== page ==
Dans de les Marionettes - February/April 2005
For something completely different, Idlewild’s new recording is ultra-traditional, albeit the tradition in question is from France and Central Europe . David Sharp is the band’s central focus on mountain dulcimers, recorders, whistle, flute and mandolin. Carol Sharp adds hammered dulcimer, Celtic harp, Gothic Bray harp, bowed psaltery, whistle and tambourine while friends of the band contribute button accordion, guitar, hurdy gurdy, tenor recorder, clarinet, piano accordion and piccolo trumpet. There are a generous thirty-one cuts on “Dans de les Marionettes” and they are described as Breton, French, Italian, Dutch, Belgian, and German. This is courtly music, but it has a definite pulse to it as well. “Renaissance music with soul” is as good a description as any. Idlewild does a great job in playing all of the tunes with sprightly grace and imaginative arrangements.
Dulcimer Player News
Volume 31, No. 1 – Feb. 2005-April 2005
This is a review of the article written on the album "Black Oak" in the Summer 2000 issue of "The Dulcimer Player News." It is a national periodical for mountain and hammer dulcimer players. The article is by Neal Walters.
David Sharp specializes in early music played on the mountain dulcimer. Black Oak contains mostly rare and unusual (to me at least) tunes from various European traditions including Ireland, Scotland, Croatia, France, England, Wales and the Isle of Man with the odd tune from Afghanistan and Shaker America thrown in for good measure, David also plays flute, whistle, bodhran, mandola, mandolin, tenor banjo, fiddle, guitar and bones with Carol Sharp on bowed psaltery, zils (before you ask, I have no idea but it sounds good!), and tambourine. That sounds like it could be a bit muddy but this is not the case. The mountain dulcimer is out front and the arrangements are, in fact, somewhat spare as you might expect a wandering minstrel to perform them. David's playing is straightforward and thoroughly evokes the feeling of the original settings of these tunes. This is clearly a labor of love and there is definitely a lot of good material here. There are several originals that fit nicely with the ultra-traditional material. Includes Garcons de la Montagne, Black Oak, The Helston Furry, Orientus Partibus, The Tight Little Island.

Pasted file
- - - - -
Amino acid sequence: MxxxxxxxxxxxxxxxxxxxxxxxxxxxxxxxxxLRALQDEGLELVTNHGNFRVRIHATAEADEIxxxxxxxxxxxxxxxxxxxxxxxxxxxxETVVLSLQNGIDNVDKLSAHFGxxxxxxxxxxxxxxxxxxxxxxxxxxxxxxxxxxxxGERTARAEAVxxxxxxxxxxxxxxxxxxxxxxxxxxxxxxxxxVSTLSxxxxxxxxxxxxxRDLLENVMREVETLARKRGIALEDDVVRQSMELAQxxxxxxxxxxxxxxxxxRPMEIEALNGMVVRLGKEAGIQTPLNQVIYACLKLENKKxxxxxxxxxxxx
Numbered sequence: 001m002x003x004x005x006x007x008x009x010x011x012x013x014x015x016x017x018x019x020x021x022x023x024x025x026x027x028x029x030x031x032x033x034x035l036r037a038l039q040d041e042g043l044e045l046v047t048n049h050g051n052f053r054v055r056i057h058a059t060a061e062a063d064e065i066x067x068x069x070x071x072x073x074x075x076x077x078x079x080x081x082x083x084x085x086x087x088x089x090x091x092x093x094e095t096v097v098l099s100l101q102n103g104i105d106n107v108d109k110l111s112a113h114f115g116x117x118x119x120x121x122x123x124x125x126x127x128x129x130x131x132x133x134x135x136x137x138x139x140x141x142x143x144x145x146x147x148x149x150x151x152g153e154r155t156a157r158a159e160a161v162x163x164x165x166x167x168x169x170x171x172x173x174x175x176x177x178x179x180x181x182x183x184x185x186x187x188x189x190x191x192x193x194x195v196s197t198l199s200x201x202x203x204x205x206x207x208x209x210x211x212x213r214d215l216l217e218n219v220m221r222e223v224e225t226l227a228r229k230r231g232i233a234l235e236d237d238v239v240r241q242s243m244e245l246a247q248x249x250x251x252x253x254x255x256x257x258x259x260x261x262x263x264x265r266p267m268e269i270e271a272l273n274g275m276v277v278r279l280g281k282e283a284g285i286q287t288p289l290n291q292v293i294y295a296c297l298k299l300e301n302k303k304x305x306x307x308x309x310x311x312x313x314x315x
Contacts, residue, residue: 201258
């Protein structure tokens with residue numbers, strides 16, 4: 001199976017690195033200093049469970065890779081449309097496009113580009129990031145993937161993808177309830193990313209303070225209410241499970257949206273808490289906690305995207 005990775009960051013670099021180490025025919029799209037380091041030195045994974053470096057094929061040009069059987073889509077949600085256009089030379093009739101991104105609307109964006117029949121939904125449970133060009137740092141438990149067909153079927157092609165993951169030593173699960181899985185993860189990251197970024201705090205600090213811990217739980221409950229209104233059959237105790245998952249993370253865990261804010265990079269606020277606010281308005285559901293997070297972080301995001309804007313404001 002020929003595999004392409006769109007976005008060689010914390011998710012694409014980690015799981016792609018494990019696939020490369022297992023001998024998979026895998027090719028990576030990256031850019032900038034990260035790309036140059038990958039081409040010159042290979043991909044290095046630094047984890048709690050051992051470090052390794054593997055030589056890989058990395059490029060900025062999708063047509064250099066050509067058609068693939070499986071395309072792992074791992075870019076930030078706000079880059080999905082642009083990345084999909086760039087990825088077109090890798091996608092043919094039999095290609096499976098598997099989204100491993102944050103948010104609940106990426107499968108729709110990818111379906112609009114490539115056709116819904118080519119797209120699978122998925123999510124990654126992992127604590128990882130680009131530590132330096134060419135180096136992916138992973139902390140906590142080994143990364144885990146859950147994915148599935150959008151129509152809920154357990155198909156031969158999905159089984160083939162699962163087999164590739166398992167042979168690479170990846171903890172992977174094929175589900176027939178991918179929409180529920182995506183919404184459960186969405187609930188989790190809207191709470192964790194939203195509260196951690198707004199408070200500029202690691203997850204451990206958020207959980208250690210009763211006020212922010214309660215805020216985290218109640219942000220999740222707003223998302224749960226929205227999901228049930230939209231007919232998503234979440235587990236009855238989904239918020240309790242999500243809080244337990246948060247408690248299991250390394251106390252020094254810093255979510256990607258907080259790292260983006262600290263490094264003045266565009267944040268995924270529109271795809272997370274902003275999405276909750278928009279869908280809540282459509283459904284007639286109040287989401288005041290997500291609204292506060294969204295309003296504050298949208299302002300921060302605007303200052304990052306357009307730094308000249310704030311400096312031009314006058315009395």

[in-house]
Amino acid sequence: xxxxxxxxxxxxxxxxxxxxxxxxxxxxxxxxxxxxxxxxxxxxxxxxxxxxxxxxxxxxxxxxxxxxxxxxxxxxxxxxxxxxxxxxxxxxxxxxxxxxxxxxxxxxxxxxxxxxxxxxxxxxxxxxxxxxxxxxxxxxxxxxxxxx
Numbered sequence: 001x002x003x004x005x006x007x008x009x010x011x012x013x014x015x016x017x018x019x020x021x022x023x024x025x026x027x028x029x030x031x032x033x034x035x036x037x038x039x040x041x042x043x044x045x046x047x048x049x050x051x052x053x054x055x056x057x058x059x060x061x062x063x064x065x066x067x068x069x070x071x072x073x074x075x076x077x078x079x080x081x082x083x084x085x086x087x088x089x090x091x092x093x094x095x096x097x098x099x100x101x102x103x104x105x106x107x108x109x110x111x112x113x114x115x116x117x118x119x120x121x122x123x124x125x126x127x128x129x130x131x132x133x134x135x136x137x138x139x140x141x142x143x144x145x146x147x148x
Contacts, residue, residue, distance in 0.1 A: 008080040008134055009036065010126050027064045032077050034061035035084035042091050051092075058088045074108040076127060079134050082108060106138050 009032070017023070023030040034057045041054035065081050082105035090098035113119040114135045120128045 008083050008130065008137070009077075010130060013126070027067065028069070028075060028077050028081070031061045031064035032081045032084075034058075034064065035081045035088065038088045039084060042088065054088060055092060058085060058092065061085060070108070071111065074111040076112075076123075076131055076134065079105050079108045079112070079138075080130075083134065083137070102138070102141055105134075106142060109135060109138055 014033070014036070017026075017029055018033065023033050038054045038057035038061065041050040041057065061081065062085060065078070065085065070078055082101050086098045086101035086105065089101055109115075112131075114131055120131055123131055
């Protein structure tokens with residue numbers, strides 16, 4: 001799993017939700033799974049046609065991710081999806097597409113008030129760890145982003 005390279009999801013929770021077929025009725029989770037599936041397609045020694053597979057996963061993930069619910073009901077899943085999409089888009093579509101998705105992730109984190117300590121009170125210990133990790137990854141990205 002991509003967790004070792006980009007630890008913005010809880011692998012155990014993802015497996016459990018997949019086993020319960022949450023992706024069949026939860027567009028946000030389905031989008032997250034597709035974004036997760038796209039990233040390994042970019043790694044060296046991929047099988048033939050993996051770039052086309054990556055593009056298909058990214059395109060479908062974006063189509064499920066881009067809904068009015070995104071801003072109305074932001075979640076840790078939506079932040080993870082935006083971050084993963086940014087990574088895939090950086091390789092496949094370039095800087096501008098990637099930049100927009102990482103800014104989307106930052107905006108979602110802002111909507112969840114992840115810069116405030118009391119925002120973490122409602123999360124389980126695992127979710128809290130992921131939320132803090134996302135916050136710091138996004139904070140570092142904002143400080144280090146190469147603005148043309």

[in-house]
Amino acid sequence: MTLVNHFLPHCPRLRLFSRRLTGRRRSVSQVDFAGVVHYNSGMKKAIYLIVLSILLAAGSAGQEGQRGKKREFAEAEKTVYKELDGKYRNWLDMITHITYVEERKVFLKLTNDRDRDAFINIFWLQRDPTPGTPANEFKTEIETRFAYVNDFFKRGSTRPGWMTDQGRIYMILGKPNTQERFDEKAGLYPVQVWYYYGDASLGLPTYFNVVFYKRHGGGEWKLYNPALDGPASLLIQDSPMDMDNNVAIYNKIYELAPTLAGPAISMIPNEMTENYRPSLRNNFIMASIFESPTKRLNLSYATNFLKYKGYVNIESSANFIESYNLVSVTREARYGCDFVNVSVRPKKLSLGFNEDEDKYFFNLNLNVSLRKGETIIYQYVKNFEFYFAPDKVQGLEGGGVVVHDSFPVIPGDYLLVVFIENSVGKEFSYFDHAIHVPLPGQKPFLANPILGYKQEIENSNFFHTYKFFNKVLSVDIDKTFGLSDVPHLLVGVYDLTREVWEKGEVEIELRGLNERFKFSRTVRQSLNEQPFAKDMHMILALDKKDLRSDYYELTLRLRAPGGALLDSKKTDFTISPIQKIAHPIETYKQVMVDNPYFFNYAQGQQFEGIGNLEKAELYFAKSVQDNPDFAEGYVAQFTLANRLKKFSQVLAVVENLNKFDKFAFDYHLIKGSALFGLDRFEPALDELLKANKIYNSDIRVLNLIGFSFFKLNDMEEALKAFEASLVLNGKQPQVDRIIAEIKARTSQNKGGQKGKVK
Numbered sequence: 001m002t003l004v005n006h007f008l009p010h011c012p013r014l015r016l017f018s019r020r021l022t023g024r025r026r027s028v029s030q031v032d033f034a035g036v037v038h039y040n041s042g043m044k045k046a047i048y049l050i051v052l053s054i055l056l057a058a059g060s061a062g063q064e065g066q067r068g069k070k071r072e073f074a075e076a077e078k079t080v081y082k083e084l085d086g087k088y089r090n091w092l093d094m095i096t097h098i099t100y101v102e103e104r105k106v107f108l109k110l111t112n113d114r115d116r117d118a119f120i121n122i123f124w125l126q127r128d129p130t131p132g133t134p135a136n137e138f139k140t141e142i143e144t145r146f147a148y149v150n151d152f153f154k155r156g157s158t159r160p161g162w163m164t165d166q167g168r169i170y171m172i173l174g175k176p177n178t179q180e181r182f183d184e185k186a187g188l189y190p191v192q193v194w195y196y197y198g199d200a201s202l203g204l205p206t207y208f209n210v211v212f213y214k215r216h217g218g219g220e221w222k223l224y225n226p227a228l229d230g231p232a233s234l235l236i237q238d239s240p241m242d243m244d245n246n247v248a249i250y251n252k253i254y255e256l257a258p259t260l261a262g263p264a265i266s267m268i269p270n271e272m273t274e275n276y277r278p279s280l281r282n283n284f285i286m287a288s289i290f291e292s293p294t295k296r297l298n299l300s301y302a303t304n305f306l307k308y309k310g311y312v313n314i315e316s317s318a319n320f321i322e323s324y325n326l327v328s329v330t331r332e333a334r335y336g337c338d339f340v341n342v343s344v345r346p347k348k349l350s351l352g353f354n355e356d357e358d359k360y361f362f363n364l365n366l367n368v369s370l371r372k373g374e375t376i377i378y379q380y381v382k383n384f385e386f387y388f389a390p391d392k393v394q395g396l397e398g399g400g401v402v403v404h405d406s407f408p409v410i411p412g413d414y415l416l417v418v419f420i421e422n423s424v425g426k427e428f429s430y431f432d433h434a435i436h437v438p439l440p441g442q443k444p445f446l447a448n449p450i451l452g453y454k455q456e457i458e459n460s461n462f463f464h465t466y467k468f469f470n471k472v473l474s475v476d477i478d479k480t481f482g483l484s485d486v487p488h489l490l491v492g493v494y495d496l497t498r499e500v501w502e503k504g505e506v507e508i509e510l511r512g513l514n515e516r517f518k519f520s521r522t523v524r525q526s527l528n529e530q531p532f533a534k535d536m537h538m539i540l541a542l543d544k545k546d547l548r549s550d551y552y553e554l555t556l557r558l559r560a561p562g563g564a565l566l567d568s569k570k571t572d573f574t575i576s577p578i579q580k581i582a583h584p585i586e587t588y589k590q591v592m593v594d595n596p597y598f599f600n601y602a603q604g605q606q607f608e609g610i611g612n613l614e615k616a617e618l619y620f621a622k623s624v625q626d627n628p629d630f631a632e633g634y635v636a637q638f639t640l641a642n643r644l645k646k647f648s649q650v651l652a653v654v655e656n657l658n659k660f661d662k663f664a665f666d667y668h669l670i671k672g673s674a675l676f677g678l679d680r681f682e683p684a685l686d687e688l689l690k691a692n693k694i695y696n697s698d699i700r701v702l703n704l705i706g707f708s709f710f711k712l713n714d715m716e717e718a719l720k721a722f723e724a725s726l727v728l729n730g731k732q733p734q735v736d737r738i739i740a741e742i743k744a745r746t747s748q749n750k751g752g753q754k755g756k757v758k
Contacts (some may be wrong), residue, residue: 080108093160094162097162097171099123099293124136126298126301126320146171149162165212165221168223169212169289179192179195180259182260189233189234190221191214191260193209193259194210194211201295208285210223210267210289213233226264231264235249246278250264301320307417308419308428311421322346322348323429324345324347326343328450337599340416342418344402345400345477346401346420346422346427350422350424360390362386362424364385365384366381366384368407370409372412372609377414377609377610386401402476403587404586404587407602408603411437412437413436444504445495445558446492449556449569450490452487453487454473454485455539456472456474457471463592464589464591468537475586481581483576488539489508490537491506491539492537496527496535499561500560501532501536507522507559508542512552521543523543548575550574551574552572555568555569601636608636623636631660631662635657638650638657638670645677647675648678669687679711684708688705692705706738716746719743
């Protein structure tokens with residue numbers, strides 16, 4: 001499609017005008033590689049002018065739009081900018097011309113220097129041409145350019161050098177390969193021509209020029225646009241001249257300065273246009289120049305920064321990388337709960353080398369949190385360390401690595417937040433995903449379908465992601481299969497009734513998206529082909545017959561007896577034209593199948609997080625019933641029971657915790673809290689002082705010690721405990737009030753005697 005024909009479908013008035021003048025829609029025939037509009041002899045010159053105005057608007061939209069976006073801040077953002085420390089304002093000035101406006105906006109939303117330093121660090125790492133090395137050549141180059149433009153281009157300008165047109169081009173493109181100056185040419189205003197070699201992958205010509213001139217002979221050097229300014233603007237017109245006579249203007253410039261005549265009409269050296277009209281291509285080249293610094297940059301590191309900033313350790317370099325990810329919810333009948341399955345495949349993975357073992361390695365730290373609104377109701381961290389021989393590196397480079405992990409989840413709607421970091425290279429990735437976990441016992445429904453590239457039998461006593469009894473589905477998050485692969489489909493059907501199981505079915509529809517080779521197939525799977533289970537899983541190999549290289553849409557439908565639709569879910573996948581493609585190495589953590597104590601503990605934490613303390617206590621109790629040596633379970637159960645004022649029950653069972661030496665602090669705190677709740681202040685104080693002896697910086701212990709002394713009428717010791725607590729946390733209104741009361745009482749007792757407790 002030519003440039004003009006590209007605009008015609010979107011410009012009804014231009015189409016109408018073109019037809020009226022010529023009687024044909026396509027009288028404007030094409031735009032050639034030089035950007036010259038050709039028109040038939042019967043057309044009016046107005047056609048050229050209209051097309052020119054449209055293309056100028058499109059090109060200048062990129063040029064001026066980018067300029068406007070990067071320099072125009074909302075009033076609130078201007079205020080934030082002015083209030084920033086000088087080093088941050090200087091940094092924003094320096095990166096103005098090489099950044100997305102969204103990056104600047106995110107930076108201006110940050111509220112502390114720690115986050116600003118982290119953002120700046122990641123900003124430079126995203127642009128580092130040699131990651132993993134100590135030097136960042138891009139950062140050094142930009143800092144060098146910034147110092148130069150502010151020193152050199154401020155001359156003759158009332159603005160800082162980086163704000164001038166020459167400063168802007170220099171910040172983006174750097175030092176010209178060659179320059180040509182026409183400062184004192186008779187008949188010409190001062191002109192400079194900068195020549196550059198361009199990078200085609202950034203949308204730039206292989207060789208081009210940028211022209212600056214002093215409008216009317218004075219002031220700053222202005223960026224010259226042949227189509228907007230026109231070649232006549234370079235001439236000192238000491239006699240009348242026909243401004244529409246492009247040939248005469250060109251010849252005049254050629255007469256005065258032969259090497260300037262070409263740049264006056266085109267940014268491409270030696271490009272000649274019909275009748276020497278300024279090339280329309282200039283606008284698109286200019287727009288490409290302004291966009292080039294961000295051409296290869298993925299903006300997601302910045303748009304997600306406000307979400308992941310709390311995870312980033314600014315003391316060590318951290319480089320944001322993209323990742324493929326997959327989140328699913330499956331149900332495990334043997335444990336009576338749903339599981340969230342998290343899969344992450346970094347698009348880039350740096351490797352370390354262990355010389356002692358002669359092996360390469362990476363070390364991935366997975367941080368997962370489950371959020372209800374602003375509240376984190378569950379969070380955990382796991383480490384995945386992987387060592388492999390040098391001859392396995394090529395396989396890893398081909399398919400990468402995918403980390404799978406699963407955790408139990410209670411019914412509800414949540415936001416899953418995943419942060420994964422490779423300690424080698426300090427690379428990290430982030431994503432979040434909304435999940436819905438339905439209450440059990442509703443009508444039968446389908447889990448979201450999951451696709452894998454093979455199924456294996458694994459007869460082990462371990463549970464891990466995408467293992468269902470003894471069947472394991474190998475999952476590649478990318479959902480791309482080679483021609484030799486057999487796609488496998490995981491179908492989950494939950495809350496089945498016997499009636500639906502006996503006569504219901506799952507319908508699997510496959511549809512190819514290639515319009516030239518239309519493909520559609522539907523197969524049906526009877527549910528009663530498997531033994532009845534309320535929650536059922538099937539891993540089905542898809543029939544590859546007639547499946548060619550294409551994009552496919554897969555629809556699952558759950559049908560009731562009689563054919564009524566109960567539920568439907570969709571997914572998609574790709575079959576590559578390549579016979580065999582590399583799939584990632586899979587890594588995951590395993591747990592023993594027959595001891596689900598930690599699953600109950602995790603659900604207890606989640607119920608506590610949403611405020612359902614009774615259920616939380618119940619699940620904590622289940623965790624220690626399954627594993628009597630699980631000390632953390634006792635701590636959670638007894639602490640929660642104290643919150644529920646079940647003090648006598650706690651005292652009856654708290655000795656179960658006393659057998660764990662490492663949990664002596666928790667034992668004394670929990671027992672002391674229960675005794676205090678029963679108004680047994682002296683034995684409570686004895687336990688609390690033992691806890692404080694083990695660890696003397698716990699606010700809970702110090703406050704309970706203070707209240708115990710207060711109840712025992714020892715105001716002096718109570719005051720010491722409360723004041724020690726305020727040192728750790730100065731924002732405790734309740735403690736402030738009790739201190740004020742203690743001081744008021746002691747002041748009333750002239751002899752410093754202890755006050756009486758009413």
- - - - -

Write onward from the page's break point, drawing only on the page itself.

Black Oak -
This is the review in the "Salt Lake Weekly" for the year 2000 top 40 local album picks.
Dal Riada - The Wild Geese
It isn't quite Riverdance and it isn't even Lord of the Dance, so what's up with the subtitle "Celtic music by Dal Riada"? It's traditional Celtic music played on traditional instruments. For the most part, 'The Wild Geese' is a peaceful affair. The duo making up Dal Riada can cut loose with a jig if the mood strikes - incidentally, creating a mood is a major reason to seek out Wild Geese, one of the area's loveliest discs. ----William Athey
From Ogden School district teacher Christian Fasy:
"Every time the tapestry of reality thins a little, those times that you're sure magic is leaking into our world, the times you'd expect to see faeries or goblins in the shadows....we think of you two with your harp and flute ....as though expecting to hear your music floating, providing the measure to the dance of the will-o-thewisps in our minds."